In my post last month that paid tribute to Meg Groeling, I made mention of a song called “Lexington” by Alpha Rev. The song comes from the band’s 2013 album Bloom and was inspired by a Civil War connection.
“Originally, I got the idea for this song when I found a letter from a Civil War soldier to this family, and he was saying how he didn’t think he was gonna live through this next battle that he was going to have the next day,” explained songwriter Casey McPherson. “And so he was telling them goodbye and saying ‘I’m proud of you’ and just listing a bunch of things about how hard it’s been, and how much he loves them.”
McPherson doesn’t offer details on the letter, but it’s reminiscent of the letter Maj. Sullivan Ballou wrote home to his wife, Sarah, made famous by Ken Burns’ The Civil War. Meg had actually written about the episode in her book The Aftermath of Battle.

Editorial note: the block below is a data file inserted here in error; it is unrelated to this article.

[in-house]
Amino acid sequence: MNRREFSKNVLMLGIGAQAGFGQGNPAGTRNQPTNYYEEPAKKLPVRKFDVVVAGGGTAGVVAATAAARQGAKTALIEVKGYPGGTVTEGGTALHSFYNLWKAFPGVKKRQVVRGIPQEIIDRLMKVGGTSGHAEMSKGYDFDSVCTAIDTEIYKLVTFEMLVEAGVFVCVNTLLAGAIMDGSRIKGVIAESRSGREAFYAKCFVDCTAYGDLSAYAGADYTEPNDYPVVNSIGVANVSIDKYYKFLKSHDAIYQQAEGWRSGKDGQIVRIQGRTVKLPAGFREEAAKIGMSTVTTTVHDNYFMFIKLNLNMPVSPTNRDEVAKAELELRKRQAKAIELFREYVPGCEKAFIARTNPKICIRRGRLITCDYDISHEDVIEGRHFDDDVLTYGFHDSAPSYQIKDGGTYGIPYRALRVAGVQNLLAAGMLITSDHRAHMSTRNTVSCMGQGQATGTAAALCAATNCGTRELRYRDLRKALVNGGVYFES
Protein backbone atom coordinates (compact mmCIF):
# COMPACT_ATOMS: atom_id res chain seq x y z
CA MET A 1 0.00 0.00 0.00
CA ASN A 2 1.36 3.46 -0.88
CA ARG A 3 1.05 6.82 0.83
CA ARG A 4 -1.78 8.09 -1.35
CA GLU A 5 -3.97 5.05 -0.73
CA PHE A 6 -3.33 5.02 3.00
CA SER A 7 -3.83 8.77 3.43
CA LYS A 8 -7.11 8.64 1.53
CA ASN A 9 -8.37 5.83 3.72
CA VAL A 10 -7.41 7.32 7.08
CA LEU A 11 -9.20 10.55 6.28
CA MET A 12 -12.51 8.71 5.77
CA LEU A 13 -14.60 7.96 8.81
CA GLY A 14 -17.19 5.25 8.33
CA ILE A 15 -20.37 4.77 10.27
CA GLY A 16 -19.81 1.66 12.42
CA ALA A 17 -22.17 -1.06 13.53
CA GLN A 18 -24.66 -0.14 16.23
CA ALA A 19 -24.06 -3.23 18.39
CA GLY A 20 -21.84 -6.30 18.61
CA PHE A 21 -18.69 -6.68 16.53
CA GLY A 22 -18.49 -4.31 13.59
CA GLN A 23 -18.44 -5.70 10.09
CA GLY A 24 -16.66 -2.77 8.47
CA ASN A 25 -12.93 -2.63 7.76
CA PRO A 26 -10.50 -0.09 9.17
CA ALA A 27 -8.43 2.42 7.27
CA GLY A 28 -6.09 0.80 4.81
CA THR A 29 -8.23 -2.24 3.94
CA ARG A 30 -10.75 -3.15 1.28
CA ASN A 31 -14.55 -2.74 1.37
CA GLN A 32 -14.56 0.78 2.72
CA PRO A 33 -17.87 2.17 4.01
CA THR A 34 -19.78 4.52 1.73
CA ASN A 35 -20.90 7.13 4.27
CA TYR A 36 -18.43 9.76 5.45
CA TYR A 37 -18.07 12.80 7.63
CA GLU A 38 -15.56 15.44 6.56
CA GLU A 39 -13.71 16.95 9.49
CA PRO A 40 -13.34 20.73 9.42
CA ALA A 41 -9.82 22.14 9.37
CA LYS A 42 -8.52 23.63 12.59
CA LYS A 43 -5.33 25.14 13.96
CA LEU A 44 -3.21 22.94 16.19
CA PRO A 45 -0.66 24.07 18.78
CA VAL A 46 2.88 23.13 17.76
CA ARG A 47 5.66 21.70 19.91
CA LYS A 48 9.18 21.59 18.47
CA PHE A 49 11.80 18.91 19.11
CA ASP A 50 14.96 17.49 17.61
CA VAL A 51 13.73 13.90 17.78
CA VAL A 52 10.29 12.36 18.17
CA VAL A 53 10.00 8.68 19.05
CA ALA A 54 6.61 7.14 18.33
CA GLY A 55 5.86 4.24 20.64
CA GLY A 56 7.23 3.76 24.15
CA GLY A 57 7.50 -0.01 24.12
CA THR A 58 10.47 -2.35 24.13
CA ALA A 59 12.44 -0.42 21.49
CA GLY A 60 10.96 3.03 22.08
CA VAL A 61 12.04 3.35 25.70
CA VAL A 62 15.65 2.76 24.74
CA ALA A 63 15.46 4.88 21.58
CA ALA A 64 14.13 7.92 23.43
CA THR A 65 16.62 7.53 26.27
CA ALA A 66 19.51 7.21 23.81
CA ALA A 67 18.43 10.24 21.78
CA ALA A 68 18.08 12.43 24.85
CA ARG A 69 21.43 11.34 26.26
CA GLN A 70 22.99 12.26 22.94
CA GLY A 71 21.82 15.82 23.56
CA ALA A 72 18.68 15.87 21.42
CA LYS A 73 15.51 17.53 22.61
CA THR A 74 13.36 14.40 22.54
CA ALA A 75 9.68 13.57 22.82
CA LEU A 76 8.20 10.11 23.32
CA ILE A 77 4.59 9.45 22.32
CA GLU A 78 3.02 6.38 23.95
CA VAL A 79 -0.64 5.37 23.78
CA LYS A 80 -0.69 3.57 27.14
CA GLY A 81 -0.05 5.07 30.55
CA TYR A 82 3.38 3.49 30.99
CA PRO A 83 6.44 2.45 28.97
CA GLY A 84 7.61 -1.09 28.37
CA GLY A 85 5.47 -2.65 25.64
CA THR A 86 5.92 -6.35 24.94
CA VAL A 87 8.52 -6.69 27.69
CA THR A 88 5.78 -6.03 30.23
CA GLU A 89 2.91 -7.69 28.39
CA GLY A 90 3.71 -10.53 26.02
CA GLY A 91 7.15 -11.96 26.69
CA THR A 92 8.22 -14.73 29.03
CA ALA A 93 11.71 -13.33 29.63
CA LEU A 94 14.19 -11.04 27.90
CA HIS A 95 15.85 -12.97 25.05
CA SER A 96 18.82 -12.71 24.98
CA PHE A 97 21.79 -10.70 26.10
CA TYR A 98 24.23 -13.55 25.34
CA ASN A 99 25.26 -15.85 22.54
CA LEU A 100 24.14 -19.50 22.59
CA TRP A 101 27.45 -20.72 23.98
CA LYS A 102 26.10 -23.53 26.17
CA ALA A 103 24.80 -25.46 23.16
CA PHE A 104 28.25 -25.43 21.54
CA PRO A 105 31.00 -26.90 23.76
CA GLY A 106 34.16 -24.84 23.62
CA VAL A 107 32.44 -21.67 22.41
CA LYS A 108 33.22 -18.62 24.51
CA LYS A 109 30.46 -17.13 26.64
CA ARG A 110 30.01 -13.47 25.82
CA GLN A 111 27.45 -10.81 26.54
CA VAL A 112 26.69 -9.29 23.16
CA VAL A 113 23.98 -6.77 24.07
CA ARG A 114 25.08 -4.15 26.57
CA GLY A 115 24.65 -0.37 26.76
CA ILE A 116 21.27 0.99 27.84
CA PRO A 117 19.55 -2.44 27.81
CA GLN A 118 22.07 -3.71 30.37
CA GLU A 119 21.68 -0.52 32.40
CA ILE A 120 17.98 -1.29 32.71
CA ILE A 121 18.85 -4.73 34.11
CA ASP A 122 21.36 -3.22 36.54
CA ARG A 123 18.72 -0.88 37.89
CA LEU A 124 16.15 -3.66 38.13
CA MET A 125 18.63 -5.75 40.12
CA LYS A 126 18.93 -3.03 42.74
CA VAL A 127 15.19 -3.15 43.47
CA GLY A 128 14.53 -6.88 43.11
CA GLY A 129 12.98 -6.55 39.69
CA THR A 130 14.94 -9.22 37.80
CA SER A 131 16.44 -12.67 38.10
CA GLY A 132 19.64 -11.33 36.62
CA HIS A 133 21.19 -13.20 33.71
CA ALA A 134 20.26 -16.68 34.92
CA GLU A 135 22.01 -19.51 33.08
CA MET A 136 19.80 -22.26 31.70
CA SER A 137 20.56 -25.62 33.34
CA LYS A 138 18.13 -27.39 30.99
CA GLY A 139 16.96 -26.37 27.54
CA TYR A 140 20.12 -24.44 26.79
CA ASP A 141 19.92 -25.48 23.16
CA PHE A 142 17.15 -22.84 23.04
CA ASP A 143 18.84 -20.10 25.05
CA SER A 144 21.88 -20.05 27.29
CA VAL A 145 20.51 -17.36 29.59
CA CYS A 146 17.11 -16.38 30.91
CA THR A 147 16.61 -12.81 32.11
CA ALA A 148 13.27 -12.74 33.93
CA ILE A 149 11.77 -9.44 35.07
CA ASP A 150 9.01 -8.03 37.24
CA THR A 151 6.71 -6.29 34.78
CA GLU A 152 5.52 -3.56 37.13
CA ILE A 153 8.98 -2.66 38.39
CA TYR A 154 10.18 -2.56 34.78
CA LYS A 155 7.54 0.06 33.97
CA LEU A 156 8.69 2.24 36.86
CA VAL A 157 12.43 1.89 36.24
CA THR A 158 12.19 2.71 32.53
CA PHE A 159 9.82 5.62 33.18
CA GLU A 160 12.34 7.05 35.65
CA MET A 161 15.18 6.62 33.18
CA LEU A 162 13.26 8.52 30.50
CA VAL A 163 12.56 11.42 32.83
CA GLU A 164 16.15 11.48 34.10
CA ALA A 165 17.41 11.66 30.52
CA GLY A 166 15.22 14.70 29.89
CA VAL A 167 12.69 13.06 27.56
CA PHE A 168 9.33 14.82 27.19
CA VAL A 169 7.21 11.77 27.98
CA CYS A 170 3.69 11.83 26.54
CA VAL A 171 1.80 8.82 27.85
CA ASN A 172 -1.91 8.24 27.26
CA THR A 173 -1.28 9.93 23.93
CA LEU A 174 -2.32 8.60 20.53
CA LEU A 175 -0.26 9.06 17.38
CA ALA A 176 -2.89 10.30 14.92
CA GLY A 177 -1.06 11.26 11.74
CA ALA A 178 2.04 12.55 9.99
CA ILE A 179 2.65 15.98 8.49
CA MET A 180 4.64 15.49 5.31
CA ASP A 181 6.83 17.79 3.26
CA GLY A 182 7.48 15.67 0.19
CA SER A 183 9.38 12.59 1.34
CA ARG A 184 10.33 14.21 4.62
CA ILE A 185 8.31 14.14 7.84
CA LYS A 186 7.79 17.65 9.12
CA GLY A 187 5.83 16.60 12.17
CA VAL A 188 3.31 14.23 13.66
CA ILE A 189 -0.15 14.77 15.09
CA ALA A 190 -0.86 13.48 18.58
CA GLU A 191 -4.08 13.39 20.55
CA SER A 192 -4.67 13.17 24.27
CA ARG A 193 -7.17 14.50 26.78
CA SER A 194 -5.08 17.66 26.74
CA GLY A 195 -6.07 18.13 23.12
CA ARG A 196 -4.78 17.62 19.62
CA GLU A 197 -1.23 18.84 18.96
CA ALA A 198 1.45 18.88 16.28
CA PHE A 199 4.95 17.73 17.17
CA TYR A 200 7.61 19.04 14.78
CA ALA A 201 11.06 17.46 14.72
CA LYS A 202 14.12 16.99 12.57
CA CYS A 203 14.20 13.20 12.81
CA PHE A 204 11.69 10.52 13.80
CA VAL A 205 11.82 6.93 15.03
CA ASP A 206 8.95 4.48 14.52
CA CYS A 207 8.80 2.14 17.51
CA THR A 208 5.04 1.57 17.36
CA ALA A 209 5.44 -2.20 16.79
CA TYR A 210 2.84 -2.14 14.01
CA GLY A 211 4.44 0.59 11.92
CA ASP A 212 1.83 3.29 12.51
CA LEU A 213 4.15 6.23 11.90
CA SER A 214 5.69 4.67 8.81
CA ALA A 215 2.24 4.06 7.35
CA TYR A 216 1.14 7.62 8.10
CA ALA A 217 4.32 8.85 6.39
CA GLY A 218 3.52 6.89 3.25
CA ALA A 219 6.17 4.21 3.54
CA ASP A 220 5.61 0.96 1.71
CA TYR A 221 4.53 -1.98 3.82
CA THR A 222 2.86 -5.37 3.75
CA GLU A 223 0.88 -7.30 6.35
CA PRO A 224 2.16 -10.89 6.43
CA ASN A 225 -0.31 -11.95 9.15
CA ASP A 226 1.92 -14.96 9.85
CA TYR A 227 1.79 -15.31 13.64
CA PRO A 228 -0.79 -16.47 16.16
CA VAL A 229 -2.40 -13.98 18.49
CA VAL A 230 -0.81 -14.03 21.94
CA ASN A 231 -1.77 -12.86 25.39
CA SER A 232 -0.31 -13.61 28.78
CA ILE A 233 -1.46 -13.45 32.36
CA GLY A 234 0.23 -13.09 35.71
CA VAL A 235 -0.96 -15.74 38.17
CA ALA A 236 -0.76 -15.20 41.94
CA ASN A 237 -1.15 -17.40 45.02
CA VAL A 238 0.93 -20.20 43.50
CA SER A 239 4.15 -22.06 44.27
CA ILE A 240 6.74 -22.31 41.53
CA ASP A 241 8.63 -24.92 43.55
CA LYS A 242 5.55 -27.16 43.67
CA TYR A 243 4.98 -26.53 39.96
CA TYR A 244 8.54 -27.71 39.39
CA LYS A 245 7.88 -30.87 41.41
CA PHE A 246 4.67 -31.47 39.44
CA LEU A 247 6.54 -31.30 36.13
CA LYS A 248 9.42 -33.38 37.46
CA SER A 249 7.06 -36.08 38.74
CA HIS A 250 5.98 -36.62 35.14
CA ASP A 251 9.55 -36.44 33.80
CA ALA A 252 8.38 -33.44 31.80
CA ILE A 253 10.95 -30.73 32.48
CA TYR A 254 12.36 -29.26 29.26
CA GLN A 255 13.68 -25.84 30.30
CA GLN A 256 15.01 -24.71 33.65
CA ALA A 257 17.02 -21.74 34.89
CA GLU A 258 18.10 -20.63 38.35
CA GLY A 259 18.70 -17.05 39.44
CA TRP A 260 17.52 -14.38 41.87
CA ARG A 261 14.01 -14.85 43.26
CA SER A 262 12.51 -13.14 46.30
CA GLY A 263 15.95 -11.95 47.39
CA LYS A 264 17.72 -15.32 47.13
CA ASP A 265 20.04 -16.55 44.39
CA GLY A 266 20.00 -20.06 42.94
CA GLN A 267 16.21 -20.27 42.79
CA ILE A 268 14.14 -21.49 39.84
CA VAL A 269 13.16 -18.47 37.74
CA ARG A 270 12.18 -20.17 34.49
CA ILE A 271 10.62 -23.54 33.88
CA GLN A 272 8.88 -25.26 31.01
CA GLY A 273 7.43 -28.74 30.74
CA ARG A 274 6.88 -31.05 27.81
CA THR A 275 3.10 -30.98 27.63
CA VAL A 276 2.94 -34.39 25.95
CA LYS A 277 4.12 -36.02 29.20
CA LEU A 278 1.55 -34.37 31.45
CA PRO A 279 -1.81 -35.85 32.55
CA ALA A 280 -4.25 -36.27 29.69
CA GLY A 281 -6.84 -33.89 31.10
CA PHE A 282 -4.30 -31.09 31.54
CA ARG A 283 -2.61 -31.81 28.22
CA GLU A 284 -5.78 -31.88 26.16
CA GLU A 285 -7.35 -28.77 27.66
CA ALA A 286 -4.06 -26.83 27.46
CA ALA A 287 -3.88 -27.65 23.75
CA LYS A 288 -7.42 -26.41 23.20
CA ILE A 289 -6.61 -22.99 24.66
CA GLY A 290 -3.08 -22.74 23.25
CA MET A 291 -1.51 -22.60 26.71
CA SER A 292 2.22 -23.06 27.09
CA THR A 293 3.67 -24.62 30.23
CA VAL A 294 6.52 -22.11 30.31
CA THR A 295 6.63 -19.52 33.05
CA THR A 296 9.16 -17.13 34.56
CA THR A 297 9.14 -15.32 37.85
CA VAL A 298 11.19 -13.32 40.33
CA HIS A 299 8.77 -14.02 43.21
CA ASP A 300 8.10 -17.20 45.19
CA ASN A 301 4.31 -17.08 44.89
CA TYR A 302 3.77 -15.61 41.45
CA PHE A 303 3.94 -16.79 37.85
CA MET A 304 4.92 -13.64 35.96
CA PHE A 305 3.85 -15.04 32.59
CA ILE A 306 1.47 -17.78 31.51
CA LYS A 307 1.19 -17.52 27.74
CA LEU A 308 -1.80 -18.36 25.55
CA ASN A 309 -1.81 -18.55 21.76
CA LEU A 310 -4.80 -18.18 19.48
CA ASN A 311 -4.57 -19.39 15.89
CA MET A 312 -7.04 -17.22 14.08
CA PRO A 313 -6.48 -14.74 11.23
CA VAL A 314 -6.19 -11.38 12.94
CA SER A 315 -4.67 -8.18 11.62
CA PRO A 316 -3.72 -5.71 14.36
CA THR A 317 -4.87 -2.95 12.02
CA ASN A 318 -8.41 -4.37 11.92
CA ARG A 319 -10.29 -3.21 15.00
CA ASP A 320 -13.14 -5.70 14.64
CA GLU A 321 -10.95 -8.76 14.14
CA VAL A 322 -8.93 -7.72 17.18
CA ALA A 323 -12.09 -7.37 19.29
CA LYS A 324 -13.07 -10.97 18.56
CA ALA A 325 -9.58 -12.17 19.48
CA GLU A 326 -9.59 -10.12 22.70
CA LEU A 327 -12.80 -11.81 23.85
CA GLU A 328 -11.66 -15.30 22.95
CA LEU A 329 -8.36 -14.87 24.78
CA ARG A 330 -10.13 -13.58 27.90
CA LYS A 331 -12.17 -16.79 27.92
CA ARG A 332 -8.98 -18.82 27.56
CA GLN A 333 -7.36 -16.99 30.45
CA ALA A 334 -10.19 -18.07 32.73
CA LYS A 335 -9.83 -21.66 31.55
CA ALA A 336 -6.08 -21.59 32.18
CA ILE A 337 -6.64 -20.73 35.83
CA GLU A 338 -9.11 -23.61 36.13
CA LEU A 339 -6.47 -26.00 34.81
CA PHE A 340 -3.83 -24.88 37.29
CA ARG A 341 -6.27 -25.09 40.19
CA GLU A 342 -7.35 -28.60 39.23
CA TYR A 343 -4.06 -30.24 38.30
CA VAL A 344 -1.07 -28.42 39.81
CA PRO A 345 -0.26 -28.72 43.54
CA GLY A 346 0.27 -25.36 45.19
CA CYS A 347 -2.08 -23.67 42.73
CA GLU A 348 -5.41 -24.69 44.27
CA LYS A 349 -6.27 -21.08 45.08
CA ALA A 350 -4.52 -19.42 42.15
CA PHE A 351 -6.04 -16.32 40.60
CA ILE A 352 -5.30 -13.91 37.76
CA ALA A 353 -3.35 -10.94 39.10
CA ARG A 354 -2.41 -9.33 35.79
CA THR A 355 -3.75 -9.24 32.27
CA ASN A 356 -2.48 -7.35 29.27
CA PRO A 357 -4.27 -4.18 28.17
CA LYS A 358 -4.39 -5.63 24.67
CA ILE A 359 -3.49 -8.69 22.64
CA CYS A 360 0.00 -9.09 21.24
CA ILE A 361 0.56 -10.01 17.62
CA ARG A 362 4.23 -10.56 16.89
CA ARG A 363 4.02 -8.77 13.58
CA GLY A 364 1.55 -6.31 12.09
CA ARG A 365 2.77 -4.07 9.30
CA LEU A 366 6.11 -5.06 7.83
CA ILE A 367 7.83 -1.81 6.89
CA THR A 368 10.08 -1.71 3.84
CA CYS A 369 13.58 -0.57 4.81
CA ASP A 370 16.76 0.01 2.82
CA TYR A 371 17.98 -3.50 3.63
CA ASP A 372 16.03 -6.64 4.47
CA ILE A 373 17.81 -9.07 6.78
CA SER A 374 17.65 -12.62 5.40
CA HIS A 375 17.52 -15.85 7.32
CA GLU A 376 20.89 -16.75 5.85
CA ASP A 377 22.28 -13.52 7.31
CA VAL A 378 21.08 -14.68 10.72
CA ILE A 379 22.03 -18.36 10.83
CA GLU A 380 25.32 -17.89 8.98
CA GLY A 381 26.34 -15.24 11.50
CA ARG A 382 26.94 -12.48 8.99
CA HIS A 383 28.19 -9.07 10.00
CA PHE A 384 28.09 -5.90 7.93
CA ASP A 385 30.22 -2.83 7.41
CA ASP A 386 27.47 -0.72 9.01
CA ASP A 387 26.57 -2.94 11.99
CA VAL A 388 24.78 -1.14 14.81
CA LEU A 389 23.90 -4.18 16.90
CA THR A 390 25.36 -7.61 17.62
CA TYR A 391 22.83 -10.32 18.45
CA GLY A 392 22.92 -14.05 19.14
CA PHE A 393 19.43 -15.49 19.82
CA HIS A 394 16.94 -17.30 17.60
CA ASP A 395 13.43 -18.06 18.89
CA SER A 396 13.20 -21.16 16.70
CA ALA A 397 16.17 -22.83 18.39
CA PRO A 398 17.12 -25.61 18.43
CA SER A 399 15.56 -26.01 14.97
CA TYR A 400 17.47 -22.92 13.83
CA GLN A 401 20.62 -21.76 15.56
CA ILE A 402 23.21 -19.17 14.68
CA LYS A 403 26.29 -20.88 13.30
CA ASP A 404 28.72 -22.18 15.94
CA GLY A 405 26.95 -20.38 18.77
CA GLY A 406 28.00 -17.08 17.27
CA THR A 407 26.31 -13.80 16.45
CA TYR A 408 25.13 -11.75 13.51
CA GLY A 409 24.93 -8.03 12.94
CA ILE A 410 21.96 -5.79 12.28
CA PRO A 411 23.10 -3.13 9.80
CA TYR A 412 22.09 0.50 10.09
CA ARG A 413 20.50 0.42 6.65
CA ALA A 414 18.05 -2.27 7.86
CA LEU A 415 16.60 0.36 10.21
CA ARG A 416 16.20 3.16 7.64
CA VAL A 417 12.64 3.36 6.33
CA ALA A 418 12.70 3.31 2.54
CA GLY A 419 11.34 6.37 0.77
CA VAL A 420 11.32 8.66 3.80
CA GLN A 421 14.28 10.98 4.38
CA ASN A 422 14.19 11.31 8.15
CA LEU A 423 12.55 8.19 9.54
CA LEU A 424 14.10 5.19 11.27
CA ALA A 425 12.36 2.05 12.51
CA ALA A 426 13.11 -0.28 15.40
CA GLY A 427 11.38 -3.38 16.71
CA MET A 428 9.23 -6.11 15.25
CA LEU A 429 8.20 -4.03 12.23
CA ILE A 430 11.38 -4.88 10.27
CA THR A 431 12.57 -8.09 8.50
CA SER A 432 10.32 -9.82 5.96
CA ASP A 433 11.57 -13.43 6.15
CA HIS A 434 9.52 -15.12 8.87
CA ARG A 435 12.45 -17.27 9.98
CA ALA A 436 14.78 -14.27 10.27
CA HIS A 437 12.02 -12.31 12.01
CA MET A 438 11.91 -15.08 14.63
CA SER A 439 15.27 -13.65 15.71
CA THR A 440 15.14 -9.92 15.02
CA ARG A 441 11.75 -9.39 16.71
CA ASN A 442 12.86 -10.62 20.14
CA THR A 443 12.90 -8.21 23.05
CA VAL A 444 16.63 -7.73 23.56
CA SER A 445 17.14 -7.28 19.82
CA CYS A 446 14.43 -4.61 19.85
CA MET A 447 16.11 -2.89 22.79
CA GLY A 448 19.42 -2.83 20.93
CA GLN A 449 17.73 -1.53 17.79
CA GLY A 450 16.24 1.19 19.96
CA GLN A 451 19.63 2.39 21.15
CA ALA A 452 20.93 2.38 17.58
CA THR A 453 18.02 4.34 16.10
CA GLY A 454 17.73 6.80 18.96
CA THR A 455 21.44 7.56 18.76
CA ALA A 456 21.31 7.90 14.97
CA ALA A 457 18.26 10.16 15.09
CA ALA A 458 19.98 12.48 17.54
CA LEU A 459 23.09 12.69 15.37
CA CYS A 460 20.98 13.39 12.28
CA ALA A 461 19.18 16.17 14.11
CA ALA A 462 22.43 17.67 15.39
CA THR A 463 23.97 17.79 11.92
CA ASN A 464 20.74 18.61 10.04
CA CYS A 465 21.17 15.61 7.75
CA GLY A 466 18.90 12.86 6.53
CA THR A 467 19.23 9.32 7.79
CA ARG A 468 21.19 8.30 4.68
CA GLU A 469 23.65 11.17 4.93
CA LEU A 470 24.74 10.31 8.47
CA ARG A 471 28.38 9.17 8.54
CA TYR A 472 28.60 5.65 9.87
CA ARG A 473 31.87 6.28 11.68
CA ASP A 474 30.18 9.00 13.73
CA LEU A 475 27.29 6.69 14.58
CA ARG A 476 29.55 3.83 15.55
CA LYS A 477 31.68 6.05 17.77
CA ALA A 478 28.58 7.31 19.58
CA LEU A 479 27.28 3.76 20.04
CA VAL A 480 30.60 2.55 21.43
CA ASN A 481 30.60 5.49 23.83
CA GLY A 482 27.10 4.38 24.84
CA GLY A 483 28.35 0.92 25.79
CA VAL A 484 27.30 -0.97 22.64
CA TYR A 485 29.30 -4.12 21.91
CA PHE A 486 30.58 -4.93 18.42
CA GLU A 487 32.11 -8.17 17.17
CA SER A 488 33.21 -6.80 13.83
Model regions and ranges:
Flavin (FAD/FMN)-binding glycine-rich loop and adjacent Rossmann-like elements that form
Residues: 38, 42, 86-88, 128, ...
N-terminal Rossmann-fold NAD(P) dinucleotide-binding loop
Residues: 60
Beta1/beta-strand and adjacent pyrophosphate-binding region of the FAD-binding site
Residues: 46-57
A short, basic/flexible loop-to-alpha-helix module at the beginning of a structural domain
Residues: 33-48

“It really struck me,” McPherson continued, “how he knew that his days were about to be over. And thought about, What if I knew that? What if I knew that my time was about to come, and what would I say to the people I love?”
As I read the lyrics to “Lexington,” the song didn’t evoke a particular Civil War battle for me. Lexington, Missouri? Lexington, Kentucky? Lexington, Virginia? If anything, the Revolutionary War fight on Lexington Green on April 19, 1775, might fit the bill the closest, but of course, that’s the wrong war. Did McPherson mix up his wars as he read the letter that served as his inspiration?
In any case, the battle is not the point of the song, and to get distracted by it is to dilute the song’s impact.
Here’s the acoustic version:
The album version is fuller and more sweeping, yet still mournful: